What are the relative efficiencies and reasons for power losses in sprocket and chain drives, rubber cogged belt drives, pulley drives, and gear drives? — RA, Montreal, Quebec
The only power loss mechanisms I can think of in each case are sliding friction and vibration. The drive system most likely to experience substantial sliding friction is a pulley (or smooth belt) drive. If the belt slips as the pulleys turn, the belt will do work against the force of sliding friction and that work will be converted into thermal energy. But, as one of my readers points out, if the belt is properly tightened, has an adequate coefficient of friction to prevent slipping, and has a high tensile strength so that it doesn’t creep across the pulley surface, then it can operate with very little power loss.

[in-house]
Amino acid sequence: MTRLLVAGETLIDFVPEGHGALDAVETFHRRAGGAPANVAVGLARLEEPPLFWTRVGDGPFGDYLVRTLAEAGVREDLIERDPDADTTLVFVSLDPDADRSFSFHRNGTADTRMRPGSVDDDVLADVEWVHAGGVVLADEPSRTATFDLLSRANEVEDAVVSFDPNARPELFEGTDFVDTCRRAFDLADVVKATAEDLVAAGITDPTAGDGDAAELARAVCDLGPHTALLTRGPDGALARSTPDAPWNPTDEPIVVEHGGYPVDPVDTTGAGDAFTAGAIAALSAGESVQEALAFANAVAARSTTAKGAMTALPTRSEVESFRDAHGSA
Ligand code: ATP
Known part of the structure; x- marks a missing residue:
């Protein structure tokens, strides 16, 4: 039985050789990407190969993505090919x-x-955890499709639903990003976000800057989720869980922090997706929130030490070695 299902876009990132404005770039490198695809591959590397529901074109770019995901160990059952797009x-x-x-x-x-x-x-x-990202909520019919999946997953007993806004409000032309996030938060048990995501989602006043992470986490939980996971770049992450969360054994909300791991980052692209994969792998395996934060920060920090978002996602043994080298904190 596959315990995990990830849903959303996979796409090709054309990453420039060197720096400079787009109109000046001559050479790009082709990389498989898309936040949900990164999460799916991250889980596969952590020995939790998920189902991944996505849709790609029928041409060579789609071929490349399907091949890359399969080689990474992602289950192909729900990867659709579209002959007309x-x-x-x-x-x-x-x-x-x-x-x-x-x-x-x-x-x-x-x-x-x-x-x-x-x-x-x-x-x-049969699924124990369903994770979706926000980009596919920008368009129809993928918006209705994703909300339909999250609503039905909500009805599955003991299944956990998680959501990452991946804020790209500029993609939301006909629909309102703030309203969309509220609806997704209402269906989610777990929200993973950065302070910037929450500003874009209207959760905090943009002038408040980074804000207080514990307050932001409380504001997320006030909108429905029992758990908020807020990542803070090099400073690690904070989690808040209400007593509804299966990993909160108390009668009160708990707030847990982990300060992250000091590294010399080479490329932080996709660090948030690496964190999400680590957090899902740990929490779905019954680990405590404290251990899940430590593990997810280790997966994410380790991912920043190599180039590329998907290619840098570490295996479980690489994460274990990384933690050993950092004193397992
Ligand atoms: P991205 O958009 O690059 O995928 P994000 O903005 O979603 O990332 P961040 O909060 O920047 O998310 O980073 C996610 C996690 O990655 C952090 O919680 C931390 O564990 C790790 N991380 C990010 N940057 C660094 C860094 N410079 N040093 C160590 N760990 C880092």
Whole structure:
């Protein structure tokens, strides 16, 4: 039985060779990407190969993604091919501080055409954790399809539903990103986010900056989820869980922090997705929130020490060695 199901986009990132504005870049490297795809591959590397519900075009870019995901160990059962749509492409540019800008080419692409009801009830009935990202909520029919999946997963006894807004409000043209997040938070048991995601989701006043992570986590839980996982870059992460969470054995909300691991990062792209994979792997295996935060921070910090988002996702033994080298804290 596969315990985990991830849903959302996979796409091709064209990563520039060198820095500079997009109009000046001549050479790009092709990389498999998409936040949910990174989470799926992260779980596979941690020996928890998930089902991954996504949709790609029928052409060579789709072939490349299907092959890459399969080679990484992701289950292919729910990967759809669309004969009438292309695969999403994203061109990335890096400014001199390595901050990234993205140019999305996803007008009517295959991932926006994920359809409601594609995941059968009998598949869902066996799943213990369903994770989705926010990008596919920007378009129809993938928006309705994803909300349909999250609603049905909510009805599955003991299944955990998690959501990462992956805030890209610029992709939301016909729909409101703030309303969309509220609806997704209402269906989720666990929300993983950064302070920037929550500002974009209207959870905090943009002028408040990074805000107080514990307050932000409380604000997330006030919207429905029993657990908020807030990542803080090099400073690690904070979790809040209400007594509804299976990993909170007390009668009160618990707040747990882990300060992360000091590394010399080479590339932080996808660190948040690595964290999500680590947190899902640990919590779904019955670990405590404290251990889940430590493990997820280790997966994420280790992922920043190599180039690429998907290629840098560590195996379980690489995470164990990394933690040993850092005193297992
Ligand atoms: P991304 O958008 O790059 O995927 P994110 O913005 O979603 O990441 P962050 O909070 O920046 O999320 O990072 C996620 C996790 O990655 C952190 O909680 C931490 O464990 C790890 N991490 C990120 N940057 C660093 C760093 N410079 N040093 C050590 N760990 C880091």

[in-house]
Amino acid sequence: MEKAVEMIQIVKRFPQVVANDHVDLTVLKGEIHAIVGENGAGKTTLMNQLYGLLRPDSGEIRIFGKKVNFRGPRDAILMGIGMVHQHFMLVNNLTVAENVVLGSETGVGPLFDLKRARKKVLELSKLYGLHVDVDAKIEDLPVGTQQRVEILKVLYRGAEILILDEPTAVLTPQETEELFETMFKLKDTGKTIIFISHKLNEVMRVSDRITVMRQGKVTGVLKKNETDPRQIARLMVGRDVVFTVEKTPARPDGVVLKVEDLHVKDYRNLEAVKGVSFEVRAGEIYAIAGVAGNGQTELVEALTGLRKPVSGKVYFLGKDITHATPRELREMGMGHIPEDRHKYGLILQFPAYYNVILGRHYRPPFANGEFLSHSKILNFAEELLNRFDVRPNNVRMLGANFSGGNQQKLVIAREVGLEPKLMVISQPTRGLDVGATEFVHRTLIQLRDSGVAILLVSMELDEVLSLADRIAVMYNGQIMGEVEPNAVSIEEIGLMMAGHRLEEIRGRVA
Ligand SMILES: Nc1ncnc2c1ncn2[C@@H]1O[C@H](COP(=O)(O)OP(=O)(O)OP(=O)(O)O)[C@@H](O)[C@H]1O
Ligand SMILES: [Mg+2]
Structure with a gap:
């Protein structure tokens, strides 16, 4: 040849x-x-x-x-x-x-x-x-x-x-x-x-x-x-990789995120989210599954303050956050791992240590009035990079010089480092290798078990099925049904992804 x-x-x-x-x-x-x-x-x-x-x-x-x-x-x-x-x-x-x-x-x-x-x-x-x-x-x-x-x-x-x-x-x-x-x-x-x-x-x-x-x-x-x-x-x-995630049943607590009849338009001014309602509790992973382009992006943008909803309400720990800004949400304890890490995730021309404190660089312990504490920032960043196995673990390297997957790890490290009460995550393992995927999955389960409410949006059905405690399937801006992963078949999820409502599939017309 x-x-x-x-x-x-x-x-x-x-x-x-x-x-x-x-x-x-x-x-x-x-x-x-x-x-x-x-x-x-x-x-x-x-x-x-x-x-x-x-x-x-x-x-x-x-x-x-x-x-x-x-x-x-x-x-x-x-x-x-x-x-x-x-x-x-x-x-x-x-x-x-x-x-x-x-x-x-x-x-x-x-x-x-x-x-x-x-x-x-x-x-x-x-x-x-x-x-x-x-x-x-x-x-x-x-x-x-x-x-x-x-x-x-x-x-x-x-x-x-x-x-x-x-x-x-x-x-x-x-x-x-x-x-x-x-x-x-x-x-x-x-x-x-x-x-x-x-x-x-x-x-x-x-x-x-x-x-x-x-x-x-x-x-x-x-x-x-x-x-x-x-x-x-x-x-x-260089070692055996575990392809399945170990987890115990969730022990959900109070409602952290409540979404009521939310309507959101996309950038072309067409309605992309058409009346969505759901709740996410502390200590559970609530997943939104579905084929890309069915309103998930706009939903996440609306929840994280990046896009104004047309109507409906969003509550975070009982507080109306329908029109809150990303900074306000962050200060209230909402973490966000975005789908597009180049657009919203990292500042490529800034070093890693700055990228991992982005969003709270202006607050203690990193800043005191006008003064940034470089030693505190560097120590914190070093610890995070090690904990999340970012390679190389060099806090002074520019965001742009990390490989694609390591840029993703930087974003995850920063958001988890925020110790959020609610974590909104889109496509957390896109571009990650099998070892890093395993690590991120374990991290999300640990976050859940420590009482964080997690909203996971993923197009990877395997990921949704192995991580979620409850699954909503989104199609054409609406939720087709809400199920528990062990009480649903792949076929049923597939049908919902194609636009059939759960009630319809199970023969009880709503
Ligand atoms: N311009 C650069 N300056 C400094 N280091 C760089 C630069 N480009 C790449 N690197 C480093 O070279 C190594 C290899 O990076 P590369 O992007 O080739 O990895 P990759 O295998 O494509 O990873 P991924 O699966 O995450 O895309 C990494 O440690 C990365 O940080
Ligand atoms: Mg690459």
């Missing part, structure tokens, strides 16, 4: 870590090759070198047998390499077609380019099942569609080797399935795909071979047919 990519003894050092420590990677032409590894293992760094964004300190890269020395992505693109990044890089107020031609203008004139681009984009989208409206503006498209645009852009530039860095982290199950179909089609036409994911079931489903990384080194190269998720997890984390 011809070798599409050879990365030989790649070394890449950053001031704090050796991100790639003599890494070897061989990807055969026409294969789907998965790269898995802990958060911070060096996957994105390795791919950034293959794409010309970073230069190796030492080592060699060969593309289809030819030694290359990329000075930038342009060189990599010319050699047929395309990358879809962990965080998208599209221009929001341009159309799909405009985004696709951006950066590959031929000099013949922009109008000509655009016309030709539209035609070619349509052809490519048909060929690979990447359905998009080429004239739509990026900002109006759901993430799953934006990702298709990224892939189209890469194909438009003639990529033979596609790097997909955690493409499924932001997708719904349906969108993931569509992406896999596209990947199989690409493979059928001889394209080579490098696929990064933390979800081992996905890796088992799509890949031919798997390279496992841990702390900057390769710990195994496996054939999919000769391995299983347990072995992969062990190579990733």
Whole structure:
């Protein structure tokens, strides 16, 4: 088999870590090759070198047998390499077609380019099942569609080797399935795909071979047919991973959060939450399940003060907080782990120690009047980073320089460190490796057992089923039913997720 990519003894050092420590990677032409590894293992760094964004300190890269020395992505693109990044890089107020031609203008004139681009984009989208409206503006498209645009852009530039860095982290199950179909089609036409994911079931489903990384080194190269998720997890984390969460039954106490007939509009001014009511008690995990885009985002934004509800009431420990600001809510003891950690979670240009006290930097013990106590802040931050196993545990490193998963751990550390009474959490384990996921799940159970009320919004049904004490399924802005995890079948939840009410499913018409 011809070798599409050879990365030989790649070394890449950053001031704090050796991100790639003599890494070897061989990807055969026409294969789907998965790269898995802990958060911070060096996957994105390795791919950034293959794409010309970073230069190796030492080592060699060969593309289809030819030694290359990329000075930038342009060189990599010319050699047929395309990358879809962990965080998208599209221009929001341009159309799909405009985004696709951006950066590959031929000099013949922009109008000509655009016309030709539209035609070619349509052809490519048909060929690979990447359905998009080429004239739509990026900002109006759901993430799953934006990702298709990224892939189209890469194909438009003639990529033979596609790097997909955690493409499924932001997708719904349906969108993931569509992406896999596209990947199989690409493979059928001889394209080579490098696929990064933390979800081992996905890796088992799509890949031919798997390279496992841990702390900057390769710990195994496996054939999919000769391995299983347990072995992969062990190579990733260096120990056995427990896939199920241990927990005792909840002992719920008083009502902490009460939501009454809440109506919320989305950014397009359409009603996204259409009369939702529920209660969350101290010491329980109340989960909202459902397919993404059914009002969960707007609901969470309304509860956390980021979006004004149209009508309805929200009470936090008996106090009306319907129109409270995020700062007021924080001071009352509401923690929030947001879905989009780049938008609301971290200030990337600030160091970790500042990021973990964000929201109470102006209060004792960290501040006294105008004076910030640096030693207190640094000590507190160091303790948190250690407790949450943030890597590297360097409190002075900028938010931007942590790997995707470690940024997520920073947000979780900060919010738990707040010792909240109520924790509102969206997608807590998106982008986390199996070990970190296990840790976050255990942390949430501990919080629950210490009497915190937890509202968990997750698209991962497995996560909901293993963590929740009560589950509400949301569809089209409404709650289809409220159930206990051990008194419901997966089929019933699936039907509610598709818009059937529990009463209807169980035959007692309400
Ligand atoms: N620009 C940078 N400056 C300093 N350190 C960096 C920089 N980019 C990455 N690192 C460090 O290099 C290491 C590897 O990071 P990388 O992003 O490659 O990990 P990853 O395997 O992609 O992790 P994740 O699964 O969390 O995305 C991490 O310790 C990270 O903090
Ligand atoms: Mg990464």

In the other drive systems, there is no possibility of slippage so that any power loss that occurs must be due to internal sliding friction within the components, or from vibrations. Flexing a chain involves some internal sliding friction and wastes some power. I suppose this could be minimized with careful chain construction and I wouldn’t be surprised if large change drive systems placed bearings in the chain links to eliminate sliding friction altogether. Flexing a rubber-cogged belt also involves some molecular friction within the belt material so it wastes some power. I’m not sure which system is more efficient, the chain drive or the cogged belt drive. Finally, the gear drive is the least likely to waste significant energy. The only sliding friction that occurs is between the gear teeth. If the teeth are designed well and cut carefully, they should slide very little. In that case, the only significant power loss would be through vibrations. If everything is carefully mounted to prevent vibrations, there should be very little power loss in a gear drive.